Ontario to strengthen ‘back to basics’ in education

By MPP Bobbi Ann Brady

The Ontario Government introduced legislation recently that will overhaul the education system, strengthen ‘back to basics’ and gain greater control over school boards.

There will likely be all sorts of public debate on this bill. I will say from the outset that changes are needed in our education system because I feel the system is failing our young people. And from what I hear from local educators, they feel the same. That’s not a slight against our teachers, educational assistants (EAs), or support staff – these folks can only deliver what they are mandated to. Further, teachers, EAs, and support staff are continually asked to step into roles they previously weren’t expected to fill. 

According to the preamble of Bill 98 – Better Schools and Outcomes Act, the legislation will refocus on student achievement and prioritize hands-on learning and skills development in reading, writing, and math. A new investment of $175 million will help boost Ontario’s literacy rates. Part of this plan is to hire 1,000 new teachers for specialized math and literacy programs.

These changes will allegedly better prepare students to succeed in life and work by allowing Ontario students to graduate with a competitive advantage and lead them to a good-paying job. 

The moves result from low and falling standardized test scores despite the government saying Ontario is among the top-performing education systems. Parents know it is not a top-performing system; we must do better.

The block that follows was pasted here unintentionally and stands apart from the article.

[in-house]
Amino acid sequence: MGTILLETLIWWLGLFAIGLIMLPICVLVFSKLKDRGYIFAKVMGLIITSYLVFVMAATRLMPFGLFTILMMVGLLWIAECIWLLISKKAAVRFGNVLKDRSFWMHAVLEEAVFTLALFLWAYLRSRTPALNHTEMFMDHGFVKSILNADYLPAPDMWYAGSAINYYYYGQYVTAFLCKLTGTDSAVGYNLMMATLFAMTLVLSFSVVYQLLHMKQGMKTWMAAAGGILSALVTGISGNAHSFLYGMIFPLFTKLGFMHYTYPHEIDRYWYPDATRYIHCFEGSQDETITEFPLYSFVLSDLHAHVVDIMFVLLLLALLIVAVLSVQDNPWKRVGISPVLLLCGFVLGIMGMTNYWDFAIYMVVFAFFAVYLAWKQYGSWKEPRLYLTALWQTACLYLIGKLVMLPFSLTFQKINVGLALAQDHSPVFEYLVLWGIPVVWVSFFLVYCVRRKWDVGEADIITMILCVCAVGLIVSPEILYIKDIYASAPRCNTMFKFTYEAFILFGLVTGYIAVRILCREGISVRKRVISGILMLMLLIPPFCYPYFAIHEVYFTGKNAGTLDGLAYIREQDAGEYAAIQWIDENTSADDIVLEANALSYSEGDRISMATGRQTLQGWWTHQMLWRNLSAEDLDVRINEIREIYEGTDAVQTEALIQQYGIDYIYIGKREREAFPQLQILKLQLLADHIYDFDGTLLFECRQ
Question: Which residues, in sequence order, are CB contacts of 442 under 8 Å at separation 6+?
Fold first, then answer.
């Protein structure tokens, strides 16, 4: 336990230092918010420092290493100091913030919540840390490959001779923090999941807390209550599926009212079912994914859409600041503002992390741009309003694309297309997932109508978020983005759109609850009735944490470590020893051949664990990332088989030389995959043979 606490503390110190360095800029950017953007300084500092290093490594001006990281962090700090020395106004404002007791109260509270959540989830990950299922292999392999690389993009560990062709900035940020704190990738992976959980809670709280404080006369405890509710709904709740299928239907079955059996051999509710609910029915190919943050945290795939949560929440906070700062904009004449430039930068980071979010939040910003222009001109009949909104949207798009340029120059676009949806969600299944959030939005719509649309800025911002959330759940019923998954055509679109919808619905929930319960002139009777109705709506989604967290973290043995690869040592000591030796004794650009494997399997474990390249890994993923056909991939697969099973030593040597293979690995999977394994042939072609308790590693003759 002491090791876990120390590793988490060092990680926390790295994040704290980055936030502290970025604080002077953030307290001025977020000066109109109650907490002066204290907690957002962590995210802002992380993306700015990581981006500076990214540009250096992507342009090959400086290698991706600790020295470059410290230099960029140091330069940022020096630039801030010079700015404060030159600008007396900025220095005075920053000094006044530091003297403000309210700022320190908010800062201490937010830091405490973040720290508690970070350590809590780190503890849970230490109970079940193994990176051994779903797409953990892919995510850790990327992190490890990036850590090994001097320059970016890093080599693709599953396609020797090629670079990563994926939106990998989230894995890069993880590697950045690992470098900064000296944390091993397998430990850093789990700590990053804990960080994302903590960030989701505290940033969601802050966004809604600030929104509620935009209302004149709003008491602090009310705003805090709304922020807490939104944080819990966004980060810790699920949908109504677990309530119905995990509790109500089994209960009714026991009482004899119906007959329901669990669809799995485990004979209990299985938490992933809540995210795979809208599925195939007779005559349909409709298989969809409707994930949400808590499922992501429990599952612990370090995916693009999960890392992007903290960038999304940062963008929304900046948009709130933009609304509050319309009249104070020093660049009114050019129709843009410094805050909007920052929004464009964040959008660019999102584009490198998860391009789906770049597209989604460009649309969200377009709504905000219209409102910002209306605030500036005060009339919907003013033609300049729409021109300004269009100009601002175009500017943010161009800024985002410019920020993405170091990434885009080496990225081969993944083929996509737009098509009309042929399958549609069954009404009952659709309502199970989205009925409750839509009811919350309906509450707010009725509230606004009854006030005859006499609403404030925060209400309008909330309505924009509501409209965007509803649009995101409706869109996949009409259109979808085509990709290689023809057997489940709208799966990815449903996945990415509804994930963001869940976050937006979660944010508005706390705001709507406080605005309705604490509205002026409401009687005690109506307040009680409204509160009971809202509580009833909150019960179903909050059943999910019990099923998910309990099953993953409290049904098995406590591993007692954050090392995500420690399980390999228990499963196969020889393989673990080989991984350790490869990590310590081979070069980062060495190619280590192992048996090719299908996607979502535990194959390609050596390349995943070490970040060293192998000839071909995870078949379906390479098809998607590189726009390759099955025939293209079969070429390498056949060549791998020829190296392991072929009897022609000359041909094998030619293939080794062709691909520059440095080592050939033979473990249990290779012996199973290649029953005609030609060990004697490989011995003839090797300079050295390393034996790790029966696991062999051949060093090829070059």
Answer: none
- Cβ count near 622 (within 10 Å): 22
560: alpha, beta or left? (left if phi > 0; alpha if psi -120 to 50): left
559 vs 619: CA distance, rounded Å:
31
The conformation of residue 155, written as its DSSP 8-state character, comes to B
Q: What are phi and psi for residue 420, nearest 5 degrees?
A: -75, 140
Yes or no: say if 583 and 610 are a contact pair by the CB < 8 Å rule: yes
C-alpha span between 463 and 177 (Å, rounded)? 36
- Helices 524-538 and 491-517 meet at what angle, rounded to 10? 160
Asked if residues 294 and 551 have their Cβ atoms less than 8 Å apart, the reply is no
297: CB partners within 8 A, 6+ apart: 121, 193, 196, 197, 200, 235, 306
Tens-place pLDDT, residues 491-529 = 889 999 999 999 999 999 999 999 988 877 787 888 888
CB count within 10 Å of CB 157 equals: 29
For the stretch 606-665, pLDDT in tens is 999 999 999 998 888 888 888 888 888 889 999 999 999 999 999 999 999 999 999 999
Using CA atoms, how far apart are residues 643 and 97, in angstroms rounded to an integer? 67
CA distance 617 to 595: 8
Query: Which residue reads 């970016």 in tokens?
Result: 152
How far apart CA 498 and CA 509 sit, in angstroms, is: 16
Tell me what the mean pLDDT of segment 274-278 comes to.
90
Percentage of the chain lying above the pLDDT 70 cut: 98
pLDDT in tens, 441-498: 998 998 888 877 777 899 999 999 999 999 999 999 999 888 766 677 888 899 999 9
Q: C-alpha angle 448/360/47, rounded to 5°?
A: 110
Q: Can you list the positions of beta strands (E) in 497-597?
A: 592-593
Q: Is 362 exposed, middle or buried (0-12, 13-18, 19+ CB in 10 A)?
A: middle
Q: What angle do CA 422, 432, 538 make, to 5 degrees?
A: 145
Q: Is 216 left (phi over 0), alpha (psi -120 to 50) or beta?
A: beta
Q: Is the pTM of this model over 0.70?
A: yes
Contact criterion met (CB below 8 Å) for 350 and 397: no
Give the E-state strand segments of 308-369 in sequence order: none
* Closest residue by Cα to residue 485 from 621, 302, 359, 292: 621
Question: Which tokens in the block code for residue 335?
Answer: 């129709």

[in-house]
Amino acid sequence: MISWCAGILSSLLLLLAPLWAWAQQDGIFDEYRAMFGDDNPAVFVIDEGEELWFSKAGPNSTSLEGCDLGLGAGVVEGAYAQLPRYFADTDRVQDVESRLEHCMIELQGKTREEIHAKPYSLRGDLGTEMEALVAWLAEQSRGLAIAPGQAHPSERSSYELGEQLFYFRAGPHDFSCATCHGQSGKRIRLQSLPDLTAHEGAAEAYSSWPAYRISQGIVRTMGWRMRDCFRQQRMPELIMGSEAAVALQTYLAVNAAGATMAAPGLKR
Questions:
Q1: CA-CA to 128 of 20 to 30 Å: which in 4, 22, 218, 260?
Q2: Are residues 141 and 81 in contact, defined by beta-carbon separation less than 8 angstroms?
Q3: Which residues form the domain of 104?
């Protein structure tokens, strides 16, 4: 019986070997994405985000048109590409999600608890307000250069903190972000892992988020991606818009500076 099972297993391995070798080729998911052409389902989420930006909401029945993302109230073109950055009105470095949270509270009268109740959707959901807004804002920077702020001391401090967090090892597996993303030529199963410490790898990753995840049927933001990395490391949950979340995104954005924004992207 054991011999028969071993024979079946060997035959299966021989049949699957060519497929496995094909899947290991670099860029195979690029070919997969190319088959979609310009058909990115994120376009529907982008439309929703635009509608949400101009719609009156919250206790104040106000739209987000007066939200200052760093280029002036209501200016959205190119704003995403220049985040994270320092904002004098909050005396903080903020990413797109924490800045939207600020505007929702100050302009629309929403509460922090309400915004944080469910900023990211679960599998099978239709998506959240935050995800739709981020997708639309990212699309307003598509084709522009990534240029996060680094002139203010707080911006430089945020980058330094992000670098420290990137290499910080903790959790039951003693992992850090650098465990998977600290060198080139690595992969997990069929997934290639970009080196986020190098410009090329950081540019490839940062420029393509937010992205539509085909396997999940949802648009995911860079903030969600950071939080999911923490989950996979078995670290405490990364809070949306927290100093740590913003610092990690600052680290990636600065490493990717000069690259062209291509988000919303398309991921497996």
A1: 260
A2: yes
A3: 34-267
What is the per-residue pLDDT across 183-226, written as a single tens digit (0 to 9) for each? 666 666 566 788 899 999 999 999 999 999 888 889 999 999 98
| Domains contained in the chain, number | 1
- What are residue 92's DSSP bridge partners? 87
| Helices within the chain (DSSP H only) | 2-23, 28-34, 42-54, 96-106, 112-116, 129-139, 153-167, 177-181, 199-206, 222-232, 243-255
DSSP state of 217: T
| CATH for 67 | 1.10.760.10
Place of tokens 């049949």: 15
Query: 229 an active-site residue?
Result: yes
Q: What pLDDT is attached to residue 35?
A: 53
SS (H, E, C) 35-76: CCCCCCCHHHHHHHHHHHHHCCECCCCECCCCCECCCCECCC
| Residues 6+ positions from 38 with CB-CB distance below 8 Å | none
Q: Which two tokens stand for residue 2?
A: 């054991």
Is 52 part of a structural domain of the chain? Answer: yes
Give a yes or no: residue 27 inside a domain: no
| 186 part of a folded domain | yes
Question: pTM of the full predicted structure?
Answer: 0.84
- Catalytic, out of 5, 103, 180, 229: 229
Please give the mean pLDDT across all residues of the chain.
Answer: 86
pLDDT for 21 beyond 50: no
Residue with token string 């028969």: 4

As the government introduced Bill 98 it also unveiled a new $690 million investment for the coming school year, which represents a 2.7 per cent increase over last. Per student, funding is increasing, as well as funding for transportation, mental health, and special education.

Parents will be looking for some of those funds to hire more EAs, as many know full well that students’ needs are being left behind due to staff shortages.

I am eager to hear from local school board trustees concerning training. Some may embrace this, while others may feel the government is insinuating they are not doing a good job. On the front of leadership and governance of our school boards, there are 700 elected trustees in the province responsible for $32 billion of our publicly funded school system.

That’s a great deal of responsibility when dealing with our money.

Consistency in the skills and training required to be a school board trustee is good, especially regarding ethical conduct and codes of conduct. Ensuring school boards are practical and efficient is vital to the schools it manages also being effective and efficient. 

Of interest is that the legislation, while a school closure moratorium remains in place, changes in Bill 98 will allow the Minister to direct a board to dispose of a site, such as an empty school. Some boards sit on real estate despite the land being required by another school board or for long-term care homes or affordable housing.

In summary, most of the changes in the bill, if carried out genuinely, will be a step toward a renewed education system. We have a long way to go, but if this government listens to the experts – educators and parents – we will hopefully get there sooner rather than later.

Bobbi Ann Brady is the MPP for Haldimand-Norfolk